Revitalizing and Strengthening Inuktut in Nunavut
Nunavut, September 9, 2019
The Government of Canada, the Government of Nunavut, and Nunavut Tunngavik Incorporated are collaborating toward an agreement that will support, revitalize and strengthen Inuktut in Nunavut.
In accordance with section 9 of the Indigenous Languages Act, the pathfinder agreement seeks to support:
- increasing access to Inuktut-language instruction in Nunavut;
- increasing and maintaining the number of proficient Inuktut-speaking Inuit educators;
- increasing the number of fluent Inuktut speakers in Nunavut; and
- establishing the Nunavut Partnership Table on Language and Education.
Subject to the details of an agreement to be finalized by the Nunavut Partnership Table on Language and Education, the Government of Canada is pleased to announce it would commit up to $42 million dollars over a five-year period to support this work.
Over the same period, the Government of Nunavut will invest a total of $25 million to introduce a new laddered approach to the Nunavut Teacher Education Program where students can work towards various levels of certification: a Nunavummi Inuktut Uqariuqsatittijiunirmut Ilinniarniq certificate, a language specialist diploma or a bachelor of education degree.
This collaboration is one of the first implementation actions of the Indigenous Languages Act, which was granted Royal Assent in June 2019. The Act aims to support the efforts of Indigenous Peoples to reclaim, revitalize, maintain and strengthen their languages.
“Language is core to Indigenous Peoples’ identity and culture. Our government has committed to supporting the reclamation, revitalization, strengthening and maintenance of Indigenous languages. We are proud to be taking concrete action so soon after the Indigenous Languages Act received Royal Assent. The Act provides the flexibility to develop these agreements and to make targeted investments in Indigenous languages. Together with our partners, the Government of Nunavut and Nunavut Tunngavik Incorporated, we are ensuring that Inuktut continues to be strengthened in Nunavut for this generation and those to come.”
—The Honourable Pablo Rodriguez, Minister of Canadian Heritage and Multiculturalism
“The Government of Nunavut is pleased to be a part of an important partnership that focuses on the development of Inuktut. This is a topic close to the heart of Nunavummiut. Under the Turaaqtavut Mandate, and in keeping with the guiding principles of Ikajuqtigiinniq—working together for a common cause—Nunavut Arctic College is working with the GN departments of Culture and Heritage, Human Resources and Education to further language training in our Community Learning Centres and campuses throughout Nunavut.”
—The Honourable Patterk Netser, Minister Responsible for the Nunavut Arctic College
“Nunavut has been leading efforts to protect and promote the quality and prevalent use of Inuktut through its language and education laws. With this collaboration, we will continue our journey to strengthen the delivery of bilingual education in Nunavut. I am pleased that as a government, we will be creating a new generation of language champions for our schools and communities, while increasing our capacity to educate our children in Inuktut. I also look forward to developing a long-term plan with our partners to ensure that adequate and sustained resources will be provided to the territory to enable a more complete implementation of our language and education obligations.”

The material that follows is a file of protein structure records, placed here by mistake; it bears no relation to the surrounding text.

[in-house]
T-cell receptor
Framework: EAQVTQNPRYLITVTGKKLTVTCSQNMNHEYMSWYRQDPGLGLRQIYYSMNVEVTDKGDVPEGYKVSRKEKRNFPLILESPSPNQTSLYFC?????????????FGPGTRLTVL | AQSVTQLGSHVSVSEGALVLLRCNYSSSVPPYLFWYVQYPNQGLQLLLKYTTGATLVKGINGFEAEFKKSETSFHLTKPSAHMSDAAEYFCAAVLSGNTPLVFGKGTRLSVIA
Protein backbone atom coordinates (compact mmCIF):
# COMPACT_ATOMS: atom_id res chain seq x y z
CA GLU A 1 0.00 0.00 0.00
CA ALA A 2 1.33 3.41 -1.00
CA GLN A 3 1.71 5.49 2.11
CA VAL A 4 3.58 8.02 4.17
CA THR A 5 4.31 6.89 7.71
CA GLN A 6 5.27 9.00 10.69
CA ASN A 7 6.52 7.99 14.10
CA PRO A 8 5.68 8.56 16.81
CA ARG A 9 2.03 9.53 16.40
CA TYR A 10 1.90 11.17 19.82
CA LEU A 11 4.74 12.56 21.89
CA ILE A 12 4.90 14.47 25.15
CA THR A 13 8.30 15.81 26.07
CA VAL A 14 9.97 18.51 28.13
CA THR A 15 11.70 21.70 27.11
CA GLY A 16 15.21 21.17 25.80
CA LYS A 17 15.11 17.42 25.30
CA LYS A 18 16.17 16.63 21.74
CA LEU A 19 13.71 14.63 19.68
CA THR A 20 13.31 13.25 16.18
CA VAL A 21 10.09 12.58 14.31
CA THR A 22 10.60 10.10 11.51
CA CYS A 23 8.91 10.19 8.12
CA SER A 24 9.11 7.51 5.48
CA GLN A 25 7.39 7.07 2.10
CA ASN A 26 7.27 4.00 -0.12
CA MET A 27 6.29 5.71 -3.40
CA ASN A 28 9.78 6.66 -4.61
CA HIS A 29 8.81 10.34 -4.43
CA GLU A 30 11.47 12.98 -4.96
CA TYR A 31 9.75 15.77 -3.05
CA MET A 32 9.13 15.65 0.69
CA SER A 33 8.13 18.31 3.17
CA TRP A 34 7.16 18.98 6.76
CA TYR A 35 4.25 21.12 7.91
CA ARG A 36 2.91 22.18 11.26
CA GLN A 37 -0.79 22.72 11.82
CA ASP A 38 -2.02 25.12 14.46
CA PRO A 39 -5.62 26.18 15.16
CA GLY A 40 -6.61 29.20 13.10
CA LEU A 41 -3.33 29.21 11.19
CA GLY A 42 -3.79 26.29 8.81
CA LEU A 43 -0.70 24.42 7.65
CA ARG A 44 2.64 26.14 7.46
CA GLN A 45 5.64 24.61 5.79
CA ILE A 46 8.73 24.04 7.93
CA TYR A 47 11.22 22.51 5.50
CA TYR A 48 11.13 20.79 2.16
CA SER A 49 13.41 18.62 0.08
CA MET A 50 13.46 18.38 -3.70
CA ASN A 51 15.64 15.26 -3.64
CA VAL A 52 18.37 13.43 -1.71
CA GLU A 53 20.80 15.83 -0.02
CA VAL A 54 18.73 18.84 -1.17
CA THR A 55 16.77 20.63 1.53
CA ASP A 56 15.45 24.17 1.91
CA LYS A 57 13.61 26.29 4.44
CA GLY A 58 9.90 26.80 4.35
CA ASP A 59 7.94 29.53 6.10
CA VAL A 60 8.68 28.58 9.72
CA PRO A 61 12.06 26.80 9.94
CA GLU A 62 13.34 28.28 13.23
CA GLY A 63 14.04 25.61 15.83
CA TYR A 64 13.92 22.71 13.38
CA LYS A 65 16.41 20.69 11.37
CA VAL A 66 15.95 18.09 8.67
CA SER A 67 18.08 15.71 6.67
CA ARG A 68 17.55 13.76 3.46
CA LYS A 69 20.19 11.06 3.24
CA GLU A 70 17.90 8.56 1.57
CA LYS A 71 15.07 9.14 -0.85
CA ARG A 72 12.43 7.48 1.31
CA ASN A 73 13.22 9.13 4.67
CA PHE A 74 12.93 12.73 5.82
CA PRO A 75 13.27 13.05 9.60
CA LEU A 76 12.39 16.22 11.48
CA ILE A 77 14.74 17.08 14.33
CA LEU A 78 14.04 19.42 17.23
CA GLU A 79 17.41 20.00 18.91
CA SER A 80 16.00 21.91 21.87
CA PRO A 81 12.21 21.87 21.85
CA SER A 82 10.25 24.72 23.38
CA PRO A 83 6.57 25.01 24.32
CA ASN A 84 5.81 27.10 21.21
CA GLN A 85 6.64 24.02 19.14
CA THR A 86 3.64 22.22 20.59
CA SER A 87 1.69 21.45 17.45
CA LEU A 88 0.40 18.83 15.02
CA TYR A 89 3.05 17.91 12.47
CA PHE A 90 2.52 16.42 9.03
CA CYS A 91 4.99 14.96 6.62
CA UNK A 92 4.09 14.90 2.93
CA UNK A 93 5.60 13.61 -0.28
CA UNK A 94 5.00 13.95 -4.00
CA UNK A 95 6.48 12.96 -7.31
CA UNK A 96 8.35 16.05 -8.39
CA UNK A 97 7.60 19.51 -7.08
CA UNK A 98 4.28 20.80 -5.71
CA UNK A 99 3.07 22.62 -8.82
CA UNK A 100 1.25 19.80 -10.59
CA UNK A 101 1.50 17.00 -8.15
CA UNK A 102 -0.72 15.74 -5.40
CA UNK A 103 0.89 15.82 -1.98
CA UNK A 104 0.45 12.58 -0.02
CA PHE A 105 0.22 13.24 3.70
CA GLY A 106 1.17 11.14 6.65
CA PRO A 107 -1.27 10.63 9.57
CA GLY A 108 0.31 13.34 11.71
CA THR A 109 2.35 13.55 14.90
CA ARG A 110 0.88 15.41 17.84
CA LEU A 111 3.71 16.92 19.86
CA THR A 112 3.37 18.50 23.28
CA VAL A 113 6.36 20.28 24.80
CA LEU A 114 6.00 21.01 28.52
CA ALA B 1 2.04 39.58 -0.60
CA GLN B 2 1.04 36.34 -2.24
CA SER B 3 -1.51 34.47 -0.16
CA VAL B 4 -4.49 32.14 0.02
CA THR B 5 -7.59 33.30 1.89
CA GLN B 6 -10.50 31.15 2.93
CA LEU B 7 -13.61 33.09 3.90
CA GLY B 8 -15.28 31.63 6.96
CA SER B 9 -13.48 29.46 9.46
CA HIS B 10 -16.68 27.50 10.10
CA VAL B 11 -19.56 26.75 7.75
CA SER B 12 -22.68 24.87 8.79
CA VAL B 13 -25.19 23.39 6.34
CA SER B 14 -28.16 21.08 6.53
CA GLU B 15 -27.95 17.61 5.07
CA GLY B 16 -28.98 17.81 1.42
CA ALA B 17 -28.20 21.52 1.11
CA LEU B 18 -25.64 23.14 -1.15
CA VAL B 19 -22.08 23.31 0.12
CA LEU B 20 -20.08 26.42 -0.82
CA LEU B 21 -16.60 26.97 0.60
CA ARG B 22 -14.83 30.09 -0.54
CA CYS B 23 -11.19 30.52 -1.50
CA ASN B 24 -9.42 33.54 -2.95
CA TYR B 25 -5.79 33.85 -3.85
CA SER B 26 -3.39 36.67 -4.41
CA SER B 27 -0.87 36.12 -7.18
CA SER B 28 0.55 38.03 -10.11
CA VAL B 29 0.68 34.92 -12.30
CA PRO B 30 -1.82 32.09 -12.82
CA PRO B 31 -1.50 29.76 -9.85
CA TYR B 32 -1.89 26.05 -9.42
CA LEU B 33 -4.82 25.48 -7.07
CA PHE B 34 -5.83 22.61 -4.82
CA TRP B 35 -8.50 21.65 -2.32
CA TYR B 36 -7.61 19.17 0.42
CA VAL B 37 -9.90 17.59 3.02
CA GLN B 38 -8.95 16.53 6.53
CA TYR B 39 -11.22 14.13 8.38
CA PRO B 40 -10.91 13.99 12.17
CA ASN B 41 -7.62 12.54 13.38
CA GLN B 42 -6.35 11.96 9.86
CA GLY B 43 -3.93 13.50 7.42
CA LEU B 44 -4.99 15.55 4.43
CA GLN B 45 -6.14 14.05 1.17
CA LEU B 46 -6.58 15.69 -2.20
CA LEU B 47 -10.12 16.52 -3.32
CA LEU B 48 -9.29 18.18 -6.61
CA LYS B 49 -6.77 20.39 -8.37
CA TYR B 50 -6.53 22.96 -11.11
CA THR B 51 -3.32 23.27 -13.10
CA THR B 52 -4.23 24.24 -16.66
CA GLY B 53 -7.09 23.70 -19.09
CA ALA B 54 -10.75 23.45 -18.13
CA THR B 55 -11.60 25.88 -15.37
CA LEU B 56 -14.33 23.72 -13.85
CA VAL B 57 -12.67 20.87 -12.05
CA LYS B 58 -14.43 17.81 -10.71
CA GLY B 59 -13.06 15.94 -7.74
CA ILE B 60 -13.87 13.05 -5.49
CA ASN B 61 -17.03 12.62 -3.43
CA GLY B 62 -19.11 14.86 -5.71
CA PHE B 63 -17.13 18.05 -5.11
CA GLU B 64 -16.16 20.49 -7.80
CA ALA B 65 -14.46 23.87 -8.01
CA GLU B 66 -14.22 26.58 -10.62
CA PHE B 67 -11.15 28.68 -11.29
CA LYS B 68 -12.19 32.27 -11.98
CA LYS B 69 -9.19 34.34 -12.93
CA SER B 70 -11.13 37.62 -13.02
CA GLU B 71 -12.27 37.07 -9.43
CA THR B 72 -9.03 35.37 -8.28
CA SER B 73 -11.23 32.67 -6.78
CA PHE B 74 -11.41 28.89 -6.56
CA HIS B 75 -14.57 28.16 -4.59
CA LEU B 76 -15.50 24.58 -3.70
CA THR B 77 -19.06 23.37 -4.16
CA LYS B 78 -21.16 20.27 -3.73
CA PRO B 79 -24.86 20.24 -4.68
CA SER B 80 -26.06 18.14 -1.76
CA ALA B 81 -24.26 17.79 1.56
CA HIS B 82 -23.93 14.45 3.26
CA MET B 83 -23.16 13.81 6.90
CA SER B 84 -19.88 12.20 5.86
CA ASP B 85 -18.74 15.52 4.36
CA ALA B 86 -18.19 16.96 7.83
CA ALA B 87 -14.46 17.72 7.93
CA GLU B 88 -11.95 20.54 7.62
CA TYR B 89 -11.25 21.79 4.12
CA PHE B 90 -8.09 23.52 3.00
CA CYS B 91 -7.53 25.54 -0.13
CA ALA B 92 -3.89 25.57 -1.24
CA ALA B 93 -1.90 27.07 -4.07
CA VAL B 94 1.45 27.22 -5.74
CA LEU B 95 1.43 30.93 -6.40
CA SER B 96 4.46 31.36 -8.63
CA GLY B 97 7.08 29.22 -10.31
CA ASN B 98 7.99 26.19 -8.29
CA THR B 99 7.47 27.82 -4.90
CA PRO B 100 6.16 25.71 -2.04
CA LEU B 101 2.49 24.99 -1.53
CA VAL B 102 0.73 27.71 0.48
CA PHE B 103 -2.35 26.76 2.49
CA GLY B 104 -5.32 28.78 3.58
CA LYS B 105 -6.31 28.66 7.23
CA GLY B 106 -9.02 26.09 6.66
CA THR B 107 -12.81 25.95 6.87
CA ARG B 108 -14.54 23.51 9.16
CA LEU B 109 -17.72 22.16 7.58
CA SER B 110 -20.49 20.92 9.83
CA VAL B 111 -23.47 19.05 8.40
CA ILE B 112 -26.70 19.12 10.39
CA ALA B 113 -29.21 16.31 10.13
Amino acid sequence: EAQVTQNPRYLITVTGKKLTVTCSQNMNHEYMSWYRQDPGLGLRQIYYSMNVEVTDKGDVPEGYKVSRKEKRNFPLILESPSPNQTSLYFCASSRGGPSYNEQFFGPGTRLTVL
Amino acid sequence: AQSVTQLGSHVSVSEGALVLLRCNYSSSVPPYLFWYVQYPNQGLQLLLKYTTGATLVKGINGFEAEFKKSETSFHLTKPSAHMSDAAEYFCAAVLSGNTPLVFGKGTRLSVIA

—The Honourable David Joanasie, Minister of Education, Culture and Heritage, and Languages
“I am pleased with the investment commitment to teacher training in Nunavut, particularly as we embark on the path to reconciliation. Inuktut must become the first language in Nunavut schools according to the Education Act and the Inuit Language Protection Act, and I believe this is a good concrete step towards realizing that. We can achieve our goals when we work together; as such, I am equally pleased with the creation of the Nunavut Partnership Table on Language and Education. We are committed to ensure teacher training will be scaled up to more Nunavut communities following ongoing research, development, planning and implementation, monitoring and evaluation by the Nunavut Partnership Table on Language and Education.”
—Aluki Kotierk, President, Nunavut Tunngavik Incorporated
The United Nations Educational, Scientific and Cultural Organization (UNESCO) has declared 2019 the International Year of Indigenous Languages. According to UNESCO, three out of four of the 90 Indigenous languages in Canada are considered endangered.
In 2016, only about 15.6 percent of Indigenous people in Canada could converse in an Indigenous language, down from 17 percent in 2011 and 21 percent in 2006.
In 2016, 23,225 Nunavut residents (65.3 percent of the population) reported Inuktut as their mother tongue. This proportion is down from 71.7 percent in 2001.
Just over three-quarters of Nunavut Inuit (76.6 percent) reported Inuktut as their mother tongue in 2016, which means that Inuktut was not transmitted as a mother tongue to 23.4 percent of Inuit, or 7,075 people.
In 2016, 76.8 percent of the Nunavut population reported being able to conduct a conversation in Inuktut. This proportion was down from 79.0 percent in 2001.
On June 21, 2019, the Governor General of Canada granted Royal Assent to the Indigenous Languages Act. Since 2017, Canadian Heritage has worked with national Indigenous organizations to develop this historic legislation.
Budget 2019 committed $333.7 million over five years, starting in 2019–2020, and $115.7 million per year ongoing to support the implementation of the Indigenous Languages Act.
For more information (media only), please contact:
Office of the Minister of Canadian Heritage and Multiculturalism
Government of Nunavut
Nunavut Tunngavik Incorporated
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